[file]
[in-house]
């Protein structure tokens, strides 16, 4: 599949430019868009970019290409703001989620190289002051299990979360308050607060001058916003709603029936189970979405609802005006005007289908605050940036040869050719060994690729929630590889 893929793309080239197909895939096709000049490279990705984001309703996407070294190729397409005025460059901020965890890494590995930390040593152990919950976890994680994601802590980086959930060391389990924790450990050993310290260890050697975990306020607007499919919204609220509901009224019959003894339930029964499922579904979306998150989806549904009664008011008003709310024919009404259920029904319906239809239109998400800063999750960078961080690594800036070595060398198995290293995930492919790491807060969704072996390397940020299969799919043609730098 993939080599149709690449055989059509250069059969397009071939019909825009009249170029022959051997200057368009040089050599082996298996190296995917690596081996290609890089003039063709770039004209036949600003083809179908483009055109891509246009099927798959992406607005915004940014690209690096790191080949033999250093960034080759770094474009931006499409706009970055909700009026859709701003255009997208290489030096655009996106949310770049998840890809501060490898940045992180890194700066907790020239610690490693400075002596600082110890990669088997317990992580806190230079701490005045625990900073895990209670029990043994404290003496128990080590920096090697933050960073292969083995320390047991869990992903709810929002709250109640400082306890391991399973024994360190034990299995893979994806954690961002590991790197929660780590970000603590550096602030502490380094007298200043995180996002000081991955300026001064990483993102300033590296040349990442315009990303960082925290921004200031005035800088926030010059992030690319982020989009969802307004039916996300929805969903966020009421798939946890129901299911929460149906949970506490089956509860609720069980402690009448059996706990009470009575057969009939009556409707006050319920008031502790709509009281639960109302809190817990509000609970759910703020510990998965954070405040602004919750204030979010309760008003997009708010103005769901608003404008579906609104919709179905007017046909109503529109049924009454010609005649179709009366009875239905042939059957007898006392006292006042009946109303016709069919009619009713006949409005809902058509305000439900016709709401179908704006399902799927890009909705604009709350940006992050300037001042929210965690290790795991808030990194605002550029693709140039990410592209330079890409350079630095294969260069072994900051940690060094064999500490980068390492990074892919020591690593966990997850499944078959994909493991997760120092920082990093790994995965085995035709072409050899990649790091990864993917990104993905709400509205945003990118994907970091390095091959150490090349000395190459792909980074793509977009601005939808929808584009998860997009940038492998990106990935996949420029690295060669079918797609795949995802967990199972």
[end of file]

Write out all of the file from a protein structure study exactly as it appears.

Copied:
[in-house]
């Protein structure tokens, strides 16, 4: 599949430019868009970019290409703001989620190289002051299990979360308050607060001058916003709603029936189970979405609802005006005007289908605050940036040869050719060994690729929630590889 893929793309080239197909895939096709000049490279990705984001309703996407070294190729397409005025460059901020965890890494590995930390040593152990919950976890994680994601802590980086959930060391389990924790450990050993310290260890050697975990306020607007499919919204609220509901009224019959003894339930029964499922579904979306998150989806549904009664008011008003709310024919009404259920029904319906239809239109998400800063999750960078961080690594800036070595060398198995290293995930492919790491807060969704072996390397940020299969799919043609730098 993939080599149709690449055989059509250069059969397009071939019909825009009249170029022959051997200057368009040089050599082996298996190296995917690596081996290609890089003039063709770039004209036949600003083809179908483009055109891509246009099927798959992406607005915004940014690209690096790191080949033999250093960034080759770094474009931006499409706009970055909700009026859709701003255009997208290489030096655009996106949310770049998840890809501060490898940045992180890194700066907790020239610690490693400075002596600082110890990669088997317990992580806190230079701490005045625990900073895990209670029990043994404290003496128990080590920096090697933050960073292969083995320390047991869990992903709810929002709250109640400082306890391991399973024994360190034990299995893979994806954690961002590991790197929660780590970000603590550096602030502490380094007298200043995180996002000081991955300026001064990483993102300033590296040349990442315009990303960082925290921004200031005035800088926030010059992030690319982020989009969802307004039916996300929805969903966020009421798939946890129901299911929460149906949970506490089956509860609720069980402690009448059996706990009470009575057969009939009556409707006050319920008031502790709509009281639960109302809190817990509000609970759910703020510990998965954070405040602004919750204030979010309760008003997009708010103005769901608003404008579906609104919709179905007017046909109503529109049924009454010609005649179709009366009875239905042939059957007898006392006292006042009946109303016709069919009619009713006949409005809902058509305000439900016709709401179908704006399902799927890009909705604009709350940006992050300037001042929210965690290790795991808030990194605002550029693709140039990410592209330079890409350079630095294969260069072994900051940690060094064999500490980068390492990074892919020591690593966990997850499944078959994909493991997760120092920082990093790994995965085995035709072409050899990649790091990864993917990104993905709400509205945003990118994907970091390095091959150490090349000395190459792909980074793509977009601005939808929808584009998860997009940038492998990106990935996949420029690295060669079918797609795949995802967990199972």